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Africa’s flamingos at risk due to rising lake levels

The spectacular sights of large flocks of flamingos around East Africa’s lakes, immortalized in films like “Out of Africa” and David Attenborough’s “A Perfect Planet,” might soon become a thing of the past, according to new research from King’s College London (KCL). 

The study indicates that the lesser flamingo of East Africa is at risk of losing its historical feeding grounds due to rising water levels, which are diminishing their main food source, with potentially grave implications for the species.

Flamingo feeding lakes in East Africa 

The researchers used satellite earth observation data to analyze all significant flamingo feeding lakes in Ethiopia, Kenya, and Tanzania over two decades. 

The analysis revealed that increasing water levels are curtailing the availability of food for these birds. This situation may force the flamingos to migrate to new, unprotected areas, particularly with expected higher rainfall from climate change.

Coordinated conservation efforts are needed

The scientists involved in the study are now urging for coordinated conservation efforts across borders, enhanced monitoring, and more sustainable land management practices around key flamingo habitats.

“Lesser flamingos in East Africa are increasingly vulnerable, particularly with increased rainfall predicted for the region under climate change. Without improved lake monitoring and catchment management practices, the highly specialized species found in soda lake ecosystems – including lesser flamingos – could be lost,” said study lead author Aidan Byrne, a PhD student at KCL.

The study is the first to use satellite data to assess all 22 essential flamingo feeding soda lakes in East Africa, while also including climate records and bird observation data spanning more than two decades.

Degradation of flamingo habitats 

Dr. Emma Tebbs, a co-author from King’s College London, noted the inherent adaptability of flamingos but expressed concern over the degradation of their habitats.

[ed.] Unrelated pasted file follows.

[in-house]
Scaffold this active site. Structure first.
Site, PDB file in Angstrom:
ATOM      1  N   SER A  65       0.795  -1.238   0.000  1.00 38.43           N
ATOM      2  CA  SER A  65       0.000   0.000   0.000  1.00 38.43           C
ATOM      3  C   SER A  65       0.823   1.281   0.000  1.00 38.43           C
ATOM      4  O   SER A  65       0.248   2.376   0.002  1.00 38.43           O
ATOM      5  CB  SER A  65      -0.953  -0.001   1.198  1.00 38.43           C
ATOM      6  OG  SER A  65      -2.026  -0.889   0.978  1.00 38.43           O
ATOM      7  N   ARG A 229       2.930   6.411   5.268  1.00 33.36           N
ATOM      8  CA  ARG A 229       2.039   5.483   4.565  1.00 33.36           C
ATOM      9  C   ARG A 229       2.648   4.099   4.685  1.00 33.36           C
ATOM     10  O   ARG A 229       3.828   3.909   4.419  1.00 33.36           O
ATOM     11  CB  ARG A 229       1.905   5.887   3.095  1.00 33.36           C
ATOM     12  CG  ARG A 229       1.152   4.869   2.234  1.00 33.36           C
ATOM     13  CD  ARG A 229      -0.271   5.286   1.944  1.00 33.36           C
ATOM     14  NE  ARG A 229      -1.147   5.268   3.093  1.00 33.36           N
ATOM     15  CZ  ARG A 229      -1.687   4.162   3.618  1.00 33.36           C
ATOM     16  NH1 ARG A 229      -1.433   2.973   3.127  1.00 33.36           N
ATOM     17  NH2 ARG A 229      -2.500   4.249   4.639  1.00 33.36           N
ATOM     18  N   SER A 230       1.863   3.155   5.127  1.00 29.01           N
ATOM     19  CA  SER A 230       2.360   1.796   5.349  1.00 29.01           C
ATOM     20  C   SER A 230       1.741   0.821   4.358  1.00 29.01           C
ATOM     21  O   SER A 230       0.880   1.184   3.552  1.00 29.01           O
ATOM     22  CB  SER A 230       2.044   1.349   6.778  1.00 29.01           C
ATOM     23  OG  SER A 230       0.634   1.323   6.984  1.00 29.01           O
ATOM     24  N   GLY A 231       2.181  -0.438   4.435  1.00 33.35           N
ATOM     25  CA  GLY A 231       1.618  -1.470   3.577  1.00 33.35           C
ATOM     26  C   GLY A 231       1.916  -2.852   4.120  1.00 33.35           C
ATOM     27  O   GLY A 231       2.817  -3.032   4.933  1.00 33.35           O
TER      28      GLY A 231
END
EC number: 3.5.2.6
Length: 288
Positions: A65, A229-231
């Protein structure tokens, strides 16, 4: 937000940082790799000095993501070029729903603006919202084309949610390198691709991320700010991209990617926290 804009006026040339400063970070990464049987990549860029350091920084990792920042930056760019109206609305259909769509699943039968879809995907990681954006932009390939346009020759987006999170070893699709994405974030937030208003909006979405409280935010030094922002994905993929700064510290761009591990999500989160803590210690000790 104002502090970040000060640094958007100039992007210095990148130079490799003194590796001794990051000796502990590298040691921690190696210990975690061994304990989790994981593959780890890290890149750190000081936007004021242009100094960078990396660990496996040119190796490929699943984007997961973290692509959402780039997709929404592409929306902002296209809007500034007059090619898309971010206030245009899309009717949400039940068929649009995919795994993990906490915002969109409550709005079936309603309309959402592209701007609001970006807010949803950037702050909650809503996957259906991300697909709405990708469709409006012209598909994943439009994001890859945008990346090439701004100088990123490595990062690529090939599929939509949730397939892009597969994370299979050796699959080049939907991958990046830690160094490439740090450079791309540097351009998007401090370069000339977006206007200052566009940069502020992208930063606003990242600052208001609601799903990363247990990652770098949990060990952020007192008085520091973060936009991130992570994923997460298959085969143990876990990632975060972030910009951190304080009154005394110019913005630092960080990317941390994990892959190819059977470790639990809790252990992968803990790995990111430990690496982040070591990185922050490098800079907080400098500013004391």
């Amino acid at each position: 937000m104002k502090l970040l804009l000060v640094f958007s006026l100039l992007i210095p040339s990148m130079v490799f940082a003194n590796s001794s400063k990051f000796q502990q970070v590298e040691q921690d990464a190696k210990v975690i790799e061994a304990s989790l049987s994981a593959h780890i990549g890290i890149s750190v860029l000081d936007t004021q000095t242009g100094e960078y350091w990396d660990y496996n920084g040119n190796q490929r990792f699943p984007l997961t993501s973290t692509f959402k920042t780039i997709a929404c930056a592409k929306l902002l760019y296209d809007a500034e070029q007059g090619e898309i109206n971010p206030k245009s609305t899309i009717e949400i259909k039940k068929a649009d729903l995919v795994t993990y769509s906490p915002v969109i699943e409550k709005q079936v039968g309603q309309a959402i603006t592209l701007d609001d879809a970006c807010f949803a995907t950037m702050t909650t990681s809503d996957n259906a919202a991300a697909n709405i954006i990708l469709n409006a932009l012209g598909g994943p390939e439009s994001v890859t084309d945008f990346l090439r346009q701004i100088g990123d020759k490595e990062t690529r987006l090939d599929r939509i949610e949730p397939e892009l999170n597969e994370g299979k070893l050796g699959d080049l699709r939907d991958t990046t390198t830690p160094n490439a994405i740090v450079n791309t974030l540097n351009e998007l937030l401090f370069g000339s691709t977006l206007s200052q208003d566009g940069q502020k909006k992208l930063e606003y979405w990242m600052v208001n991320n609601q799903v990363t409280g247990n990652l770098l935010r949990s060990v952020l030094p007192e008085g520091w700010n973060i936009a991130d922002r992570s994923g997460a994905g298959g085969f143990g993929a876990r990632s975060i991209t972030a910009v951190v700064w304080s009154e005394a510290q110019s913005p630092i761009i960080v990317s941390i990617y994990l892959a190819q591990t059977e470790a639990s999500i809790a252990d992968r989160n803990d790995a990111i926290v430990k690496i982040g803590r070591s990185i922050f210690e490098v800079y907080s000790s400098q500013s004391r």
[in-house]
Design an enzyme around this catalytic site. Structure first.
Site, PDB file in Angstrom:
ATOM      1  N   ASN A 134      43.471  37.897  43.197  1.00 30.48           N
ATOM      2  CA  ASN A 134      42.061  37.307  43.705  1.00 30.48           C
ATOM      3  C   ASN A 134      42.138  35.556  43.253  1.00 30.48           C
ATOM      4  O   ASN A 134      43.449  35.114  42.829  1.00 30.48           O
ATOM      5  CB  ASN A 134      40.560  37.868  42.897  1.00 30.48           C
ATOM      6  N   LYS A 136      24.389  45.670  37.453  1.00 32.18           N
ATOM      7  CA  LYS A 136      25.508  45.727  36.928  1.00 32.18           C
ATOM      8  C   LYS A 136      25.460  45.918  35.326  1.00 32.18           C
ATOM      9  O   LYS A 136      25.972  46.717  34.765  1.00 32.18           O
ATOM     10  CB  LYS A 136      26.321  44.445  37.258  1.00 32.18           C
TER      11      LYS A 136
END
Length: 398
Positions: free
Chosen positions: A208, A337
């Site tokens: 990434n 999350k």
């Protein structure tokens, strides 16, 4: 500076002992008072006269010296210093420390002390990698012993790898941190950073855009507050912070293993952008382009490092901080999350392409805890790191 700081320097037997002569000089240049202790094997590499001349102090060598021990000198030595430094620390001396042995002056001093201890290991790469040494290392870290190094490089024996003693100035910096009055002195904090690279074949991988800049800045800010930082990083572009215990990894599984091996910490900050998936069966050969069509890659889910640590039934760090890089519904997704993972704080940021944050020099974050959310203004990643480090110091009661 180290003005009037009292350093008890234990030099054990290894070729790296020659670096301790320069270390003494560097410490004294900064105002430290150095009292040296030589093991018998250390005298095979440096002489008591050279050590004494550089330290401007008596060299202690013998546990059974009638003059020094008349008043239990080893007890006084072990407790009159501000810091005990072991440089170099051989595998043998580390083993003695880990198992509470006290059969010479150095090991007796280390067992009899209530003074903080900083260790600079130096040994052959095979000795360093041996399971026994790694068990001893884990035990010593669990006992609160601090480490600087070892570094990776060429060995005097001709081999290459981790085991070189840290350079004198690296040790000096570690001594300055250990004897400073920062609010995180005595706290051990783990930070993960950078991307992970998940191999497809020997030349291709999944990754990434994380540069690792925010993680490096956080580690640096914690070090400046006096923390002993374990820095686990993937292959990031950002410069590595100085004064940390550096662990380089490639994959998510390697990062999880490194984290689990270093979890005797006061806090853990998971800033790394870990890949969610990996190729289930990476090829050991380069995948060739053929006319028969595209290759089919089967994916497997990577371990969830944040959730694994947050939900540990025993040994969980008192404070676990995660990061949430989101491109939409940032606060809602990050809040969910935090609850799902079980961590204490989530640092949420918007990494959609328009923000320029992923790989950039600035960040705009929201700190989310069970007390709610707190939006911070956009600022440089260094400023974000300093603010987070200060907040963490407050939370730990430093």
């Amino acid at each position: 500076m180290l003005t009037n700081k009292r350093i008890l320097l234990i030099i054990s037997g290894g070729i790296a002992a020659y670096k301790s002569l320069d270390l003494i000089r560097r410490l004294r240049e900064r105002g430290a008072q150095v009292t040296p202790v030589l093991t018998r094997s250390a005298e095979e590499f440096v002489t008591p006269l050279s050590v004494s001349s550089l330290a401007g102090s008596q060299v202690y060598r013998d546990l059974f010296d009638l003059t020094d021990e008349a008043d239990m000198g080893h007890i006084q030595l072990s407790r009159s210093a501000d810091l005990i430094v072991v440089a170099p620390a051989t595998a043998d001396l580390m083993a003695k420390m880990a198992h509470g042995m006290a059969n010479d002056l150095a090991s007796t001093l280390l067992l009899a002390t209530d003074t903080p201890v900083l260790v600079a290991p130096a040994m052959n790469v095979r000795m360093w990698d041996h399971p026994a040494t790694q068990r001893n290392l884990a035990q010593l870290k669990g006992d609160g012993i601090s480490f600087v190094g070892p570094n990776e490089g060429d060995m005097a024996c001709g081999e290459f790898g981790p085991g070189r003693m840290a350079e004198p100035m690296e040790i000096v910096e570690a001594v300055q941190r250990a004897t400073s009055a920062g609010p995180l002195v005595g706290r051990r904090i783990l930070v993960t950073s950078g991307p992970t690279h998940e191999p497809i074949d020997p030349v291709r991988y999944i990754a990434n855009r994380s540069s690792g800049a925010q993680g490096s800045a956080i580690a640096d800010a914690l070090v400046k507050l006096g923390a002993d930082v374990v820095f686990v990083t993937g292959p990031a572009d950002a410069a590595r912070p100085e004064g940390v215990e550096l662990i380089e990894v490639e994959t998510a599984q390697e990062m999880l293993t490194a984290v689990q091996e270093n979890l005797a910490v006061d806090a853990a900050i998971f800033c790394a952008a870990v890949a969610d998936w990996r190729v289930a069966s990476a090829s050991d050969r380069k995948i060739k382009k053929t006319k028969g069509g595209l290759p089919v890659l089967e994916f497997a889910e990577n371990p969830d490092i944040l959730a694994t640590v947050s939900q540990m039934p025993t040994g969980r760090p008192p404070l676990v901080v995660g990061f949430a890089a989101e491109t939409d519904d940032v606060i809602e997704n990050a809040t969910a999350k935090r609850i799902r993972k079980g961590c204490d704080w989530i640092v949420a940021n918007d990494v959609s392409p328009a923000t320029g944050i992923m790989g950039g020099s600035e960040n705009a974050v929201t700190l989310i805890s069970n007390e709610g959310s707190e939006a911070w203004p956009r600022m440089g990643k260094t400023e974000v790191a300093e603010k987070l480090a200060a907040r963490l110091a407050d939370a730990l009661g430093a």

“East African populations could potentially move north or south away from the equator in search of food resources. And whilst six study lakes increased in habitat suitability from 2010 to 2022, only three of those have some level of conservation protection. Increases in water levels could lead to lesser flamingos becoming more reliant on lakes that are unprotected, outside of current nature reserves and protected sites, which has implications for conservation and ecotourism revenues,” explained Dr. Tebbs.

Shifting characteristics of the soda lakes

Soda lakes are among the most extreme environments on the planet, characterized by high salinity and alkalinity. Nonetheless, various species, including flamingos and their phytoplankton prey, have adapted to flourish under these conditions. Flamingos, for instance, utilize their specialized, sieve-like beaks to filter these microscopic plants from the water.

The study revealed that increasing water levels are diluting the typical saline and alkaline characteristics of the region’s soda lakes, which is leading to a reduction in phytoplankton populations. This decrease was quantified by measuring the levels of chlorophyll-a, a photosynthetic pigment found in the lakes.

Decline in phytoplankton levels 

Over the 23 years covered by the study, the researchers observed a consistent decline in phytoplankton levels, correlating this trend with the expanding surface areas of these lakes during the same timeframe.

The most significant declines in phytoplankton biomass were recorded in the equatorial lakes of Kenya – specifically, the popular tourist destinations of Lakes Bogoria, Nakuru, and Elmenteita, as well as in the northern Tanzanian lakes that experienced the greatest increases in surface area.

Viable breeding sites for flamingos

Lake Nakuru, a crucial feeding site for over one million flamingos historically, saw its surface area swell by 91% between 2009 and 2022, while the average concentration of chlorophyll-a in the lake dropped by half.

Lake Natron in Tanzania, the primary regular breeding ground for lesser flamingos in East Africa, has also seen a drop in productivity coinciding with the rising water levels in recent years. Should this decline in phytoplankton biomass persist at Lake Natron and other adjacent feeding lakes, these areas may no longer be viable as breeding sites for the flamingos.

More about lesser flamingos of East Africa 

Lesser flamingos are one of the most interesting and vibrant bird species found in East Africa. They are smaller than their relative, the greater flamingo, and are noted for their stunning pink feathers which gain their color from the carotenoid pigments in their algae-based diet.

A significant characteristic of lesser flamingos is their dependence on alkaline or saline lakes for breeding. They are highly gregarious birds, forming large flocks that can number in the thousands, which helps reduce the threat of predation.

East Africa hosts some of the world’s most important habitats for these birds, including Lake Natron in Tanzania and Lake Bogoria in Kenya. The conservation status of lesser flamingos is of concern due to habitat degradation and water pollution affecting their food supply and breeding sites. 

The study is published in the journal Current Biology.


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